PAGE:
I know I'll get flamed for saying this, but it seems to me that the Shellshock bug represents a weakness in the Unix philosophy. On Windows, if a similar issue happened with cmd.exe or PowerShell, it would have only a limited effect, because the Windows shell is basically just an administration tool, and no one in their right mind would use it to pass untrusted input of any sort. In contrast, "the Unix way" encourages piping of shell commands to other shell commands, and the use of shelling out as a substitute for proper APIs. To me as a Windows power user, the idea that a basic feature like DHCP is using a shell script behind the scenes seems crazy. The better way to write re-usable code is to do the C/C++ API first, then build both the command line and GUI tools on top of that API. "The Unix way" is a clumsy hack in comparison – and it leaves the shell as a security-critical single point of failure.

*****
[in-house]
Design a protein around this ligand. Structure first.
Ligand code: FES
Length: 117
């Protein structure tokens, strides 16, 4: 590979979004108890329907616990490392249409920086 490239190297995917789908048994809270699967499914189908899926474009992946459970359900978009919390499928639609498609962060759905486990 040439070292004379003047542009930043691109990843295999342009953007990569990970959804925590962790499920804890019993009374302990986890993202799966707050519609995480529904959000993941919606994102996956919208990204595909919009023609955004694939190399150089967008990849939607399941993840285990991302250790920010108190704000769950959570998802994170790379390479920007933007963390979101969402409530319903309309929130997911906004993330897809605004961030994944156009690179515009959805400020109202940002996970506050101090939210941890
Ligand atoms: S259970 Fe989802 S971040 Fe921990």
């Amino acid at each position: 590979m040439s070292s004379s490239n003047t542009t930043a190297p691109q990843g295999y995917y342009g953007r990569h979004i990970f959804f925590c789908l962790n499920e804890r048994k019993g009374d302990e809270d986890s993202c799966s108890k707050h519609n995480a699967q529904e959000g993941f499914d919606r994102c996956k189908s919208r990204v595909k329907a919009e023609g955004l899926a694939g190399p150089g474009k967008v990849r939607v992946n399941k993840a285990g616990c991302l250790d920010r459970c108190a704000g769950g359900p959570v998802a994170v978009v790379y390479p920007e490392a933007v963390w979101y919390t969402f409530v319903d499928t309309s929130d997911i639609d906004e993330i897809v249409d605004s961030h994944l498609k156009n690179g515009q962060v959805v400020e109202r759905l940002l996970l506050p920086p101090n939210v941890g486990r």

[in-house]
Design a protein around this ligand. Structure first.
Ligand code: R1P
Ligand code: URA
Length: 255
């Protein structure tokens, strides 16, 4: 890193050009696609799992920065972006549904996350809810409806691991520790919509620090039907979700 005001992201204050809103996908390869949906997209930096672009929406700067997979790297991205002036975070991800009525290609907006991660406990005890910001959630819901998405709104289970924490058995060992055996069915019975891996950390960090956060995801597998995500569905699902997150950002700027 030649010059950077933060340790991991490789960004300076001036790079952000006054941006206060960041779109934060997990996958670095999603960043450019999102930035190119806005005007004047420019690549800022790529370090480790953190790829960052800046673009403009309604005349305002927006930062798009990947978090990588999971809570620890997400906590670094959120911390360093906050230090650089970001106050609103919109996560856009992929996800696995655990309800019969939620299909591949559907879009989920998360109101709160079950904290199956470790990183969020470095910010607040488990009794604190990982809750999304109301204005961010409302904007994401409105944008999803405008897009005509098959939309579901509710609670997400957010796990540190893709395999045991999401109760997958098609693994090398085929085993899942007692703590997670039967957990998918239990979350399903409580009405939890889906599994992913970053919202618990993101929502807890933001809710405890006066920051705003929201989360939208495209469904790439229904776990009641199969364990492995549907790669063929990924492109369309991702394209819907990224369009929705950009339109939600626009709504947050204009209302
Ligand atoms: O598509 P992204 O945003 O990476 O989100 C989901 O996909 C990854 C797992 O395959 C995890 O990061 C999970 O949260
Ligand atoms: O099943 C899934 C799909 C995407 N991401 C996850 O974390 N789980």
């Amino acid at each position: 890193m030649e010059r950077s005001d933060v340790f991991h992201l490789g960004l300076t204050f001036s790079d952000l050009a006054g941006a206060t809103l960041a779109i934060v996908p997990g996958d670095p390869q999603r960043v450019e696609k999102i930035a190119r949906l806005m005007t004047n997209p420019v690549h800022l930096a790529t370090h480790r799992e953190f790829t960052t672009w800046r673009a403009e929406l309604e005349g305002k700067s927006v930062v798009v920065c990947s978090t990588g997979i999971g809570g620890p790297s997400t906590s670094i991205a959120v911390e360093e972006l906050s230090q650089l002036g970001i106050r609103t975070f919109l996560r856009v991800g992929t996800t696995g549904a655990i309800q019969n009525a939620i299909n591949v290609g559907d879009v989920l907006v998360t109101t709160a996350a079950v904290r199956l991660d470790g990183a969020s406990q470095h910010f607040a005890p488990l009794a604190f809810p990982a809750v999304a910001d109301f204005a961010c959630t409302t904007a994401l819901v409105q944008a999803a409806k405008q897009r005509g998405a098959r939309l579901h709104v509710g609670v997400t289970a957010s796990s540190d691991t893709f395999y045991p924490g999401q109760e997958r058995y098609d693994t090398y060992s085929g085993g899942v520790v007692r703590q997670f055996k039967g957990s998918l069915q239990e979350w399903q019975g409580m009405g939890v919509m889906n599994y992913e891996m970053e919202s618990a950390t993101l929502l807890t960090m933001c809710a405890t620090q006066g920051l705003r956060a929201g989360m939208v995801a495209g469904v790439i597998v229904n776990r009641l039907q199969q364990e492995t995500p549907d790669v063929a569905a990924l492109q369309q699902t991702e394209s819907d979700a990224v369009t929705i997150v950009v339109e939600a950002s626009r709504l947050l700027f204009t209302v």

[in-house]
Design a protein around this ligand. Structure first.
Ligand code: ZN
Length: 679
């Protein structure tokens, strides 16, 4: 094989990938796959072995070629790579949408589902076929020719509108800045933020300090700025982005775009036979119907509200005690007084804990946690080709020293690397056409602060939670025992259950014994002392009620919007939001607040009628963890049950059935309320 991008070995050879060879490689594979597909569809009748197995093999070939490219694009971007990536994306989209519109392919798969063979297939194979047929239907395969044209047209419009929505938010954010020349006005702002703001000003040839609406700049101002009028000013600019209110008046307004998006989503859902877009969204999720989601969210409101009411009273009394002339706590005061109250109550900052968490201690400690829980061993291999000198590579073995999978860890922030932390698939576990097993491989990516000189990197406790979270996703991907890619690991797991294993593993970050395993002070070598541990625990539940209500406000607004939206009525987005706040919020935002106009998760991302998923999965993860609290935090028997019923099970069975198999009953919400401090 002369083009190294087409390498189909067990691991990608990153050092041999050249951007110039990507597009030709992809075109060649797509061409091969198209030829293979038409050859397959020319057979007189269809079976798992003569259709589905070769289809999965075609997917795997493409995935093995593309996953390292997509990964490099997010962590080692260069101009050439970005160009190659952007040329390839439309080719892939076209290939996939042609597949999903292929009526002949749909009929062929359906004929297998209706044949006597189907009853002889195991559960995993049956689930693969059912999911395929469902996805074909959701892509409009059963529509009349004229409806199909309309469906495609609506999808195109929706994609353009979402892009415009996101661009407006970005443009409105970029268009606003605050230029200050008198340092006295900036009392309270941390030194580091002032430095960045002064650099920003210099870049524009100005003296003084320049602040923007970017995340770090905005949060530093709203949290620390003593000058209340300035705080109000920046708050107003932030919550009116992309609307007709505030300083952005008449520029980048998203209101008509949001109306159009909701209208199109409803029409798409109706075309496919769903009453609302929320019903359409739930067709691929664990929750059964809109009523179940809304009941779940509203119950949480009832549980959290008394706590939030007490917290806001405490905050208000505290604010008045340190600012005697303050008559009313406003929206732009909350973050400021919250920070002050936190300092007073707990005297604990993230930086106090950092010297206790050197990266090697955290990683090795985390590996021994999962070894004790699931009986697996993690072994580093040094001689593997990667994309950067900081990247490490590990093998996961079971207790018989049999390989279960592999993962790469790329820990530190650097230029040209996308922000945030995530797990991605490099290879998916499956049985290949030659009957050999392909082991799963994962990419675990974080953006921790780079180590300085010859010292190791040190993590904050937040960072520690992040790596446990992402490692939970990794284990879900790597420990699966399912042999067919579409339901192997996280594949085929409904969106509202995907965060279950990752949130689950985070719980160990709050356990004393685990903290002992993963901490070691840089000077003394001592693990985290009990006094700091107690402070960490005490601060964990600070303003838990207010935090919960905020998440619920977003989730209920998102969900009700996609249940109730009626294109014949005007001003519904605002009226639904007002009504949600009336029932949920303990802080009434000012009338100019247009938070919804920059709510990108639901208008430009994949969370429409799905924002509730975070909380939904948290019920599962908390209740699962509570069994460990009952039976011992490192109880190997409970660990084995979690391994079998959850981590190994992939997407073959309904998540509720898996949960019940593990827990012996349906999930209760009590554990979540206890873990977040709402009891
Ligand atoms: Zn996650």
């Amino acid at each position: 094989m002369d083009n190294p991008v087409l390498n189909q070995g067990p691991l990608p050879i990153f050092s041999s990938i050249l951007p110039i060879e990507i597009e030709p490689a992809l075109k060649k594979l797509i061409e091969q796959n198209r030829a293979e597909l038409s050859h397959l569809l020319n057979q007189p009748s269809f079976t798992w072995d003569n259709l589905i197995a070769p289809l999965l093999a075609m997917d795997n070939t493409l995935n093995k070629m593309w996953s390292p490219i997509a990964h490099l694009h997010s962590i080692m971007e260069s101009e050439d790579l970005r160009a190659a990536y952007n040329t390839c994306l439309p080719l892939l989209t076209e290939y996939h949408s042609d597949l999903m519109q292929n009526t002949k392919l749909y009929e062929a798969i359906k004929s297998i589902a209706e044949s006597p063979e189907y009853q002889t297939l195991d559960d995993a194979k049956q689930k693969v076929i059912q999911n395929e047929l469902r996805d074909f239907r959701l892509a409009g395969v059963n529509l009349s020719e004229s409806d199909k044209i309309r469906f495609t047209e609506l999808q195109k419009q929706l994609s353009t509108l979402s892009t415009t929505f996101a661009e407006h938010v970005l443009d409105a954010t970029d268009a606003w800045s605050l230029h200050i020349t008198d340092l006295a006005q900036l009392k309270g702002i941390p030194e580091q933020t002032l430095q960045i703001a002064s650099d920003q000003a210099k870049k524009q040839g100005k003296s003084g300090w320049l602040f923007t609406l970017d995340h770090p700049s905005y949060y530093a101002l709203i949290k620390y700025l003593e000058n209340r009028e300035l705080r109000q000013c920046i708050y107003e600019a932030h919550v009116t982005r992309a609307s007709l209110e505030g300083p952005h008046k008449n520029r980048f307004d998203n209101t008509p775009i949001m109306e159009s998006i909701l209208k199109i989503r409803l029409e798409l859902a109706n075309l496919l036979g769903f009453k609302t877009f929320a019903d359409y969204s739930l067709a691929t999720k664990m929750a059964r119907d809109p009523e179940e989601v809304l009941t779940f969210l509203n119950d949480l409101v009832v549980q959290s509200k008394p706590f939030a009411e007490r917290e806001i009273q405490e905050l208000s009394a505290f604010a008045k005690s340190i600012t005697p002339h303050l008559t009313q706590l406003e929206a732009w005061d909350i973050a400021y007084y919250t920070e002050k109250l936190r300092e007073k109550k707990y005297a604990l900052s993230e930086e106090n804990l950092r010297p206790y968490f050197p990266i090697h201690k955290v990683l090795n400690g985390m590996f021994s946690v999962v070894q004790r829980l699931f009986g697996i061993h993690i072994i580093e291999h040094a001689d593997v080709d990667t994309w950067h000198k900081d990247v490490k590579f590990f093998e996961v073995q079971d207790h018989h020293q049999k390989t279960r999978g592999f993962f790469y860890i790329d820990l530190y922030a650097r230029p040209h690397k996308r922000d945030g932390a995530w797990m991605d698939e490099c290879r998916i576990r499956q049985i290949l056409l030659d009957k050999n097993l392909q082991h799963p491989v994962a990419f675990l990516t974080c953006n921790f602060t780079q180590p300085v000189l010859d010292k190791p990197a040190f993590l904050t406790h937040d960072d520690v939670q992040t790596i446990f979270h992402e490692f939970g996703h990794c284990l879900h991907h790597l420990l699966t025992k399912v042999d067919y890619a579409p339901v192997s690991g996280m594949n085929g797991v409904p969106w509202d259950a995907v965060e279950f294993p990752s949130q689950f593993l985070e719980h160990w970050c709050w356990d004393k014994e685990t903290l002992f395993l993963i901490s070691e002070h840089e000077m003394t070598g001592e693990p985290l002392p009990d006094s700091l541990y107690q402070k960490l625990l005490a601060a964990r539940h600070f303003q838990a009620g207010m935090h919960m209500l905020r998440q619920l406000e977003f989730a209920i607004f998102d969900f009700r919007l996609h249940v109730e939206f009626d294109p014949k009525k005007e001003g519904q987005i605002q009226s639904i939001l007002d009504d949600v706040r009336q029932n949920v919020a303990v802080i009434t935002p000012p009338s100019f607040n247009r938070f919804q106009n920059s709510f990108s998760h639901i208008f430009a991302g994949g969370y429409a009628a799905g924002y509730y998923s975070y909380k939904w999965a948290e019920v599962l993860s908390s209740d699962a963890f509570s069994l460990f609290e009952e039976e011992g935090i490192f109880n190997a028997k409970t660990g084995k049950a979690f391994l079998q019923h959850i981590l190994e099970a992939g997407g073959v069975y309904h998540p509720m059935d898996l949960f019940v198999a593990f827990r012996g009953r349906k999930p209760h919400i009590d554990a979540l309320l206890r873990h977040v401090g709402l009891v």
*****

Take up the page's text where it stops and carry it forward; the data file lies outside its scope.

Another way to think of it is that Linux is now dealing with an issue that Windows has been struggling with for over a decade: how to fix inherently insecure design decisions without breaking compatibility with a million different legacy applications in the process. Maybe they'll need to implement the equivalent of "UAC" whenever a program tries to shell out?